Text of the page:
Live from Florida, Day 3: Pat Neshek could be flying under the radar
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FORT MYERS, Fla. -- A rundown of the news, notes and quotes from Day 3 at Minnesota Twins spring training:
Catching up with ... Pat Neshek
Right-hander Pat Neshek hovers slightly beneath the radar as spring training commences. Much like the plane of his side-winding fastball.
From 2006 to 2007, Neshek was one of the best relief pitchers in baseball, posting a 2.68 ERA with 127 strikeouts and only 33 walks in his first 107 1/3 major-league innings.
Then came the dreaded elbow pain in 2008, followed by Tommy John surgery in November of that year.
Neshek missed all of 2009 and navigated through a difficult 2010 season that saw him pitch only nine innings in the major leagues, due in part because of an early-season finger injury.
By the end of the year, his fastball -- which averaged 90-91 miles per hour in 2006-2007 -- barely reached the mid-80's.
"Last year I could tell his was out of gas," pitching coach Rick Anderson said.
"Like you saw at the end of last year, throwing 82 miles per hour, forcing everything, trying to create velocity, and he had no command of anything with it."
Neshek is now 30 months removed from surgery, and he's hoping 2011 will be that comeback season where things finally click.
And yes, he does pay attention to velocity.
"It does matter for me," Neshek said. "That's when I do good is when I have 89-90 coming out, or above.
"I want to throw 88, 89, 90. I know if I have that I know I'll do good. Even three miles per hour on my slider is huge, because they won't lay off it. (Hitters) are going to start their swings. Last year they were starting, but they were laying off. If I can just get it to bite a little bit more, that's how I was getting the strikeouts."
This past offseason, Neshek didn't pick up a baseball until mid-January -- one week before TwinsFest. Instead, he pushed hard with weights and cardio to get into the best possible physical condition.
"If I'm still throwing 85 (this year), then heck, I gave it everything I have," Neshek said.
He then paused and joked, "Then I might just have to drop down and be a submariner."
"I've got a good base on me. I'm striding longer and I just feel a little bit more free."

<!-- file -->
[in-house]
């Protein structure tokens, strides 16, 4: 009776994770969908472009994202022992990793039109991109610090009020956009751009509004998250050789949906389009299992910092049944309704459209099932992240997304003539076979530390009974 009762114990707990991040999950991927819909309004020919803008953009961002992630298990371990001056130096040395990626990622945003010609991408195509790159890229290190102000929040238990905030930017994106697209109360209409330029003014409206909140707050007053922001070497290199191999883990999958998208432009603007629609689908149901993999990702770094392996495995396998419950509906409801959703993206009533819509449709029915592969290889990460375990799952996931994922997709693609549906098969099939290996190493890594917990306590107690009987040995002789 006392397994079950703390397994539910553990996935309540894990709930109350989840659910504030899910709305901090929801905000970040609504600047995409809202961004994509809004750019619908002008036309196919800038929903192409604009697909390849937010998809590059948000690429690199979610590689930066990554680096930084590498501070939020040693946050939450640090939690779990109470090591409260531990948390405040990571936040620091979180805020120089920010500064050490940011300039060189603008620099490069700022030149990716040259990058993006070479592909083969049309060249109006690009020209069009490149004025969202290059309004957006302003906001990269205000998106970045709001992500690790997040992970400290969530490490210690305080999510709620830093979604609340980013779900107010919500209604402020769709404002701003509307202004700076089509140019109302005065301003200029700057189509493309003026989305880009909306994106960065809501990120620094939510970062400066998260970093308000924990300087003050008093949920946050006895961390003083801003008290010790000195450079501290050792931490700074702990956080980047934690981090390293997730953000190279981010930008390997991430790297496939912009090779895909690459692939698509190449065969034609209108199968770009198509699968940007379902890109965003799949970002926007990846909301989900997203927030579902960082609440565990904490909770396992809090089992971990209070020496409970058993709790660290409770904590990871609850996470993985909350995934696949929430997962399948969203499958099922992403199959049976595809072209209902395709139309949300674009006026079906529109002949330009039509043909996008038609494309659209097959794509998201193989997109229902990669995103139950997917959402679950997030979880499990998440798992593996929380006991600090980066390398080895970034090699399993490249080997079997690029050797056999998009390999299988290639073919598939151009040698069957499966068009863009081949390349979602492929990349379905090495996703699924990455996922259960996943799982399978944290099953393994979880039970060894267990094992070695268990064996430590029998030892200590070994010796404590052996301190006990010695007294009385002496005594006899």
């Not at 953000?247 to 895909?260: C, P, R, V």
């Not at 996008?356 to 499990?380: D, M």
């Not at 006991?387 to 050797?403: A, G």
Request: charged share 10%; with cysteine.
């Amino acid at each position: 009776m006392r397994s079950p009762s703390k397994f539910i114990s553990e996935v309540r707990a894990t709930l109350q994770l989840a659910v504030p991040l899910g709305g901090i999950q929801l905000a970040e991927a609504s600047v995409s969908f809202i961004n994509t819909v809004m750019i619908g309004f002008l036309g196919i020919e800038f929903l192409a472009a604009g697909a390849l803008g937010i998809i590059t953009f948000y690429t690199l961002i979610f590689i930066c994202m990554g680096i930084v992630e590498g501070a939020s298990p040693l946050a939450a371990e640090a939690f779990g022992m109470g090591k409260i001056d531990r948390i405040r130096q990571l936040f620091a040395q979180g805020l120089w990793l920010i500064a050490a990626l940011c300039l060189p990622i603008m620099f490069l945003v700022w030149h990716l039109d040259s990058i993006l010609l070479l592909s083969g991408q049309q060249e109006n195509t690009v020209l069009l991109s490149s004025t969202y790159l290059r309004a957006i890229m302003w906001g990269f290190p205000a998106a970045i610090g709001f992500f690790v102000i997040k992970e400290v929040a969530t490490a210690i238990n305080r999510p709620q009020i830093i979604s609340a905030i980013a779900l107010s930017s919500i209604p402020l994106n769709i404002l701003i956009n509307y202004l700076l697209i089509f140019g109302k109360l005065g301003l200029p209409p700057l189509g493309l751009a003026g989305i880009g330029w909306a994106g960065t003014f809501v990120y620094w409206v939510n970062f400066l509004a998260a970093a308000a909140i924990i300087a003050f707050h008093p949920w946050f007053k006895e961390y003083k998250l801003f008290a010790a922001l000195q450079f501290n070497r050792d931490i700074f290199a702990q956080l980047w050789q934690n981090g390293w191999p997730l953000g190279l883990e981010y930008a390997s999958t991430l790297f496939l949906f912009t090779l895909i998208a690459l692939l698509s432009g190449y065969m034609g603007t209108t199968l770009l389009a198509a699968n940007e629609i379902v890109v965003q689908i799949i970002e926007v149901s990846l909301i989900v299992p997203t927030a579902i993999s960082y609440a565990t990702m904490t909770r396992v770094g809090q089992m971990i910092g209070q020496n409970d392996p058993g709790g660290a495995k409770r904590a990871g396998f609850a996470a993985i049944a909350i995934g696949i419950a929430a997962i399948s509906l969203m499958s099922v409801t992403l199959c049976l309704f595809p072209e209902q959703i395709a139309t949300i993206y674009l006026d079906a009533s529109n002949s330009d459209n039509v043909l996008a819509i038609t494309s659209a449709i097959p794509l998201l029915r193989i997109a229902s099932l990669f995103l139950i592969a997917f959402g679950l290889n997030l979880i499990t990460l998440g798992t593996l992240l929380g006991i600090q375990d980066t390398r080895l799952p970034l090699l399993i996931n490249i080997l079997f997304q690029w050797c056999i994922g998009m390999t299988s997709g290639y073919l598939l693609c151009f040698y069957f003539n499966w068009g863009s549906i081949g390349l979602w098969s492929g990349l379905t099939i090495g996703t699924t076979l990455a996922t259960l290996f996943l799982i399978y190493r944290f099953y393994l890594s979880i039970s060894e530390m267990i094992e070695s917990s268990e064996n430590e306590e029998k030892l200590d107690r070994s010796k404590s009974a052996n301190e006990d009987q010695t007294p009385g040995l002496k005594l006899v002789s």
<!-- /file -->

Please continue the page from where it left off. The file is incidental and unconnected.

4: Number of Japanese reporters still following IF Tsuyoshi Nishioka, down from 15 earlier in the week.
2: People wearing No. 36 jerseys during spring training. RP Joe Nathan wears the number regularly, and former Twins C Terry Steinbach, who is working for the Twins as an instructor, is wearing his old playing number, too.
• Manager Ron Gardenhire said Saturday that LHP Francisco Liriano (shoulder) recently underwent an MRI at his own discretion in Miami. Twins doctors looked over the MRI and found no structural damage -- only some tendinitis.
"It's not that bad, not that sore," Liriano said. "I feel better today."
Liriano will undergo a re-examination by team doctors on Sunday, and if all goes well he said he will likely play catch within the next three days
• RHP Scott Baker (elbow) threw a full bullpen session on Saturday and he reported no issues. The Twins will check to see how Baker feels on Sunday, and if no red flags pop up he will have no restrictions moving forward.
"The only pitch that he has any issues with right now is a little bit of a changeup," Gardenhire said. "His fastball, his breaking ball -- no problems. His slider, no problems. His changeup... turns this way to throw a changeup and that's where it gets him a little bit. Everything else is fine. So, it's just working your way through that. I talked with Slowey -- Slowey, with his wrist, had the same thing. The last pitch that he was able to really finally work his way through was his changeup, and it's because you turn a different way than you do with the other pitches with a changeup, kind of like a screwgy, and it gets a little bit more in the elbow."
• RHP Joe Nathan (elbow) threw a light session Saturday after a 45-pitch bullpen on Friday. The right-hander said he wanted to get a feel for how his surgically-repaired elbow felt the day after his bullpen session.
• Twins bullpen coach Rick Stelmaszek, who has been in the organization since 1980, recently underwent 3 1/2-hour surgery to repair a detached retina.
"He's got a patch on, and he says it's like having sandpaper in your eye at all times," Gardenhire said. "He's probably not going to be able to fly for probably 10 days, two weeks, I'm sure, at least."
"Checka la casa! Checka la casa!"
-- Gardenhire to LHP Jose Mijares, after the Spanish-speaking reliever failed to check home during a drill
Twins pitchers and catchers are scheduled to work out on Sunday. Position players must report by Tuesday, with full squad work outs beginning Wednesday.
Tom Pelissero contributed to this report.